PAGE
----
UMich Sentiment Slumps To 11-Month Lows As 'Spending Plans' Plunge

Led by a collapse in Americans' views of the current situation, University of Michigan's Sentiment Survey dropped to 11-month lows, dramatically missing expectations for a rise.

  • Sentiment index decreased to 95.3 (est. 98) from prior month’s 97.9; lowest since Sept., below all analyst estimates

  • Current conditions gauge, which measures Americans’ perceptions of their finances, fell to 107.8 from 114.4 in July; 6.6-point drop is biggest since Aug. 2011

  • Expectations measure unchanged at 87.3

As Bloomberg reports, consumers showed a broad drop in confidence about major purchases, a possible caution signal for spending following strong gains in the second quarter.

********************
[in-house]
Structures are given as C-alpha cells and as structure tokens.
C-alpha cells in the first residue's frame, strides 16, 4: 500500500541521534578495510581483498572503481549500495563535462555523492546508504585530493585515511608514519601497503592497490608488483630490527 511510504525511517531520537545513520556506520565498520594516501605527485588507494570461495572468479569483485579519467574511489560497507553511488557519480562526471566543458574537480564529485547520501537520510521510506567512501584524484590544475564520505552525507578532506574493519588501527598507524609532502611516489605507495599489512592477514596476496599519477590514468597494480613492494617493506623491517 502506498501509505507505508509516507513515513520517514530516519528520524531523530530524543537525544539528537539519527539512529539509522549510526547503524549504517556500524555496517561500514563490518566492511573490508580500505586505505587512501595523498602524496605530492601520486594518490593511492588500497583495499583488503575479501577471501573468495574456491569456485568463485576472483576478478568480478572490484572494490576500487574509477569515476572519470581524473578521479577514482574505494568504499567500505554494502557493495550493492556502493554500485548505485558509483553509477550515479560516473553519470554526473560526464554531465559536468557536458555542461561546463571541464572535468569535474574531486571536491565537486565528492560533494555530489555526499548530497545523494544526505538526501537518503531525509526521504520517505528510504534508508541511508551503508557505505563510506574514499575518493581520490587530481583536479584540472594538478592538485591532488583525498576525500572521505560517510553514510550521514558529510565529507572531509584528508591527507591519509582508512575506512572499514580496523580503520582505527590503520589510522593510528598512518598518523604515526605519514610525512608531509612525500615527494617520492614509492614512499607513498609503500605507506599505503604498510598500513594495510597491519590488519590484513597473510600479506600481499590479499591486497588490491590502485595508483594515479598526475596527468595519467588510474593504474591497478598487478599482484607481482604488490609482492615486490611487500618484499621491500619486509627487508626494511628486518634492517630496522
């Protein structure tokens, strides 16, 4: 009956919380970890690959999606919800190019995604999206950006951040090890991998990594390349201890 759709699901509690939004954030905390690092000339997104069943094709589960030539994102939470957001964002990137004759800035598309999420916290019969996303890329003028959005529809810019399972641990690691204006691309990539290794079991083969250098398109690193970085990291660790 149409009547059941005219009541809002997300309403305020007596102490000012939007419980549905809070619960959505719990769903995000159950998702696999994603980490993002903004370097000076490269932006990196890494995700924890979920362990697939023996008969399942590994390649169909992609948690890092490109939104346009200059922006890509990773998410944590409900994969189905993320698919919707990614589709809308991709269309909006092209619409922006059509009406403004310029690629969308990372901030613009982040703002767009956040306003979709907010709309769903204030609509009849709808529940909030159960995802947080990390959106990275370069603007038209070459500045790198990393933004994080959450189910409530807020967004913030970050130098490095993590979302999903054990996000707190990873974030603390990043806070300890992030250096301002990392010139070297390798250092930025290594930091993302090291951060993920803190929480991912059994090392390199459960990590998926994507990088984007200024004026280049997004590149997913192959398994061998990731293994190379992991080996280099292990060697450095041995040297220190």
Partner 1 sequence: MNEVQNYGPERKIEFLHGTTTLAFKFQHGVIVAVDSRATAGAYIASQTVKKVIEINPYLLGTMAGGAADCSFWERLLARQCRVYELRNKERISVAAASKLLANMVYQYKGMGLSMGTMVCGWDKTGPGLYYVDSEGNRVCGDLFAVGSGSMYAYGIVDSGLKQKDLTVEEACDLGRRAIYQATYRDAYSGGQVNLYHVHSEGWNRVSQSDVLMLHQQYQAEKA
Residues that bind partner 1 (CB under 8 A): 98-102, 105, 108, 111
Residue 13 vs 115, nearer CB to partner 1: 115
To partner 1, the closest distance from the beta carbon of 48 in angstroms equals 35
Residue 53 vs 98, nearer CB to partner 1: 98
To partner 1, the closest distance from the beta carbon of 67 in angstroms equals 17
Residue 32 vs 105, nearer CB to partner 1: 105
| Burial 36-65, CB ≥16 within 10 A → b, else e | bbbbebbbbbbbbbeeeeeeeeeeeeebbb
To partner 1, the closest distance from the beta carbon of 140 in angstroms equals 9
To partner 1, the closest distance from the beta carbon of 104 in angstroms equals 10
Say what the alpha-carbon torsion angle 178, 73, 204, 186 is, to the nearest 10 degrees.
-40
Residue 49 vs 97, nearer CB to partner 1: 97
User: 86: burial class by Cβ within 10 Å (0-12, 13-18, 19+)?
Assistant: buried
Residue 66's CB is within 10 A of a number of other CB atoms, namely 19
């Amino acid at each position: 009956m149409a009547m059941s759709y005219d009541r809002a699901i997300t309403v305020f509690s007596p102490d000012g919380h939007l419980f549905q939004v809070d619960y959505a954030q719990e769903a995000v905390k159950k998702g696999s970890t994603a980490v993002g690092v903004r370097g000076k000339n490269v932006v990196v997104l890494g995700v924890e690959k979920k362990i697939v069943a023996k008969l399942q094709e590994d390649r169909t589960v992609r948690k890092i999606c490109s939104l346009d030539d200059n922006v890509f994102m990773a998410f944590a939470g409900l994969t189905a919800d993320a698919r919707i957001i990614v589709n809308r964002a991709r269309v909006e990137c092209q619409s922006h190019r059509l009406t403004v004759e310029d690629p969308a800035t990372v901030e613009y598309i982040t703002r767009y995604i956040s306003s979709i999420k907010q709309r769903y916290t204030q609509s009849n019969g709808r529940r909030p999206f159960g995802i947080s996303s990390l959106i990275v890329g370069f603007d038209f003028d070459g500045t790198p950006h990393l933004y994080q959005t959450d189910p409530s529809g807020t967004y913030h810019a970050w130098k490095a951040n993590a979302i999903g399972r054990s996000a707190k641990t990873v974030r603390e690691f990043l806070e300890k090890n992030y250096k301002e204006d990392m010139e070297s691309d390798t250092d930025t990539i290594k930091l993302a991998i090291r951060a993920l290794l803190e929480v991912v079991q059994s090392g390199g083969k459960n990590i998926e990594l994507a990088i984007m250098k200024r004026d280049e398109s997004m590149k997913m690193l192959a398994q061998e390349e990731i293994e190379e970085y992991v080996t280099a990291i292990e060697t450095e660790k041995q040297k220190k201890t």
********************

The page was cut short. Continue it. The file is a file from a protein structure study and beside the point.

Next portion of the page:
Buying conditions for large household durable goods slipped to the lowest level in almost four years;

Vehicle-buying views were the least favorable since 2013;

and home-buying conditions were seen less favorably than any time in about a decade.

“Consumers voiced the least favorable views on pricing for household durables in nearly ten years,” Richard Curtin, director of the University of Michigan consumer survey, said in a statement. “The recent favorable GDP report had only a small positive impact on growth prospects for the economy and on unemployment expectations.”

Respondents also continued to express concern about how trade tensions may affect the economy. Negative references to levies remained widespread, with 32 percent citing unfavorable references to the trade policy in early August, according to the report, following 35 percent in July.

And this adds to the recent spate of soft survey data catching down to the uglier reality of US economic real data...

Hope is not a long-term strategy.